Sometimes, buying a product involves taking a risk, the outcome/result cannot be forecast with 100% certainty.

Buy a commodity, like a box of salt, you know what you are getting; you know how it will work.
Buy a slabbed 1 oz gold Eagle, you know exactly what you will get.

Buy something where it is impossible to judge its "quality", like a black box and one must look for clues, gather information.

That's where the FUN begins, because we all aren't the same; not looking for the same performance from black boxes; don't interpret black box performance the same.

Sometimes people use price as a clue to quality of a black box. It doesn't seem possible, but sometimes if you can't sell your black box, raise the price.

Did I mention I don''t like RAP!

Ahhhhhh. Top top off all of the uncertainties, one could ask what is a dollar? What does a dollar represent? A dollar is equal, a classic example of a fungible item. But, a dollar isn't the same to everyone. If you have a pile of dollars, lets say 100, your dollar many not be the same as the dollar where someone has a pile with 1,000, or 1,000,000, or like baliout piles of dollars, 1 and just how many dam zeros come after government piles?!!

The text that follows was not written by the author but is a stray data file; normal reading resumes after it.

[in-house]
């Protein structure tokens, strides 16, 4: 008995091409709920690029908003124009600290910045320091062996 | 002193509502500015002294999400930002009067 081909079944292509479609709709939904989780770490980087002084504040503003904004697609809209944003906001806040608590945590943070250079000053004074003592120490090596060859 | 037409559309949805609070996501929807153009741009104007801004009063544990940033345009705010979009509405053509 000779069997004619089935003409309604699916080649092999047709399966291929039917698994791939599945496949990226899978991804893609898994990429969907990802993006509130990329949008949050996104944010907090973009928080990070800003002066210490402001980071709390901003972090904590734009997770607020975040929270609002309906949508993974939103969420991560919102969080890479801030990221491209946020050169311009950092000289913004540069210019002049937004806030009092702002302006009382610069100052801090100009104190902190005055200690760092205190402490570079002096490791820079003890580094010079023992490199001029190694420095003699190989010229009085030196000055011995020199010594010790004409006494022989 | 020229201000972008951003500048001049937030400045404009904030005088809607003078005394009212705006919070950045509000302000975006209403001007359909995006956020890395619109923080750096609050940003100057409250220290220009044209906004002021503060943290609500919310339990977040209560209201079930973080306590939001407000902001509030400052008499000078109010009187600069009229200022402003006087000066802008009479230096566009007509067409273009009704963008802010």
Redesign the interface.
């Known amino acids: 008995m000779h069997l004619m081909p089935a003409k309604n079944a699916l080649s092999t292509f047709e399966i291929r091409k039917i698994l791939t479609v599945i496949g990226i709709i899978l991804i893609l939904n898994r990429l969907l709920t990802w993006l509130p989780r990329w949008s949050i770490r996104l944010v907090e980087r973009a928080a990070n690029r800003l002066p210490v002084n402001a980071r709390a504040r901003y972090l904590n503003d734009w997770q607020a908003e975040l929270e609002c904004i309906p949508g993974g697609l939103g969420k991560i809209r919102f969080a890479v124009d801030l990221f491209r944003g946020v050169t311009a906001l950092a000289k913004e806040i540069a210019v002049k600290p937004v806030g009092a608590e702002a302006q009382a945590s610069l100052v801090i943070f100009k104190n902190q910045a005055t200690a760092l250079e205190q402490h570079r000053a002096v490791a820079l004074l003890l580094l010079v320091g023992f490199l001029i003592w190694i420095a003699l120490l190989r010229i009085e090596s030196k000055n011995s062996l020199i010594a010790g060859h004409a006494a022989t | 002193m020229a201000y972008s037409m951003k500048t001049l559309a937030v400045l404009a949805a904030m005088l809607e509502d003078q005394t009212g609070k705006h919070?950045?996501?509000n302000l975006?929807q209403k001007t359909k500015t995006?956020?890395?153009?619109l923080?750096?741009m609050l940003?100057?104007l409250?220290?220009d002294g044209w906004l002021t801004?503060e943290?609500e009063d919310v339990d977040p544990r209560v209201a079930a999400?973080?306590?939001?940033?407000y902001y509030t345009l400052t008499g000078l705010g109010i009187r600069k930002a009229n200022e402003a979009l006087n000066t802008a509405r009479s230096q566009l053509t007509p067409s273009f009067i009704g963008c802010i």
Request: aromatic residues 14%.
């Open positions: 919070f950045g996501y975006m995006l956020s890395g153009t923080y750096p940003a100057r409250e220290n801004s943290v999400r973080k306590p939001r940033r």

So, there we are. The buck in everyones pocket isn't valued the same; we don't value identical products the same. Course, we valued different products, differently!

Me. I don't know why people wast their piles of $ on Harley Davidsons!? Course, I had HD fever for many years.

Best from Tucson
Bob
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Old 9th February 2010, 12:33 AM   #38
gedlee is offline gedlee  United States
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Your point about $ not being equal to all of us is certainly true. I see it all the time and then I go to China and find that RMB is entirely different to me than the Chinese.

What I do, as far as marketing, is driven by something so unusual that most marketers would say that I'm nuts. I don't want to sell something that I am not proud to make and I don't want to charge more than it's worth. It's a personal thing, and I can afford to be that way. If this doesn't meet with my customers "wants" then so be it. Not everyone is enticed to buy, but no one who has is complaining.
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Old 9th February 2010, 01:07 AM   #39
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It makes perfect sense to me Earl.

One of my other hobbies is making vases on a potter's wheel. Since its a hobby, I'm free to make whatever I like, to try whatever I like. I line the edges of my drive way with vases i don't want. Seems as if UPS drives like to exceed the width of my drive way. When they drive over a vase, I can hear the POP!! in my house. Maybe the stuff I put out there is so revolting they are compelled to destroy it?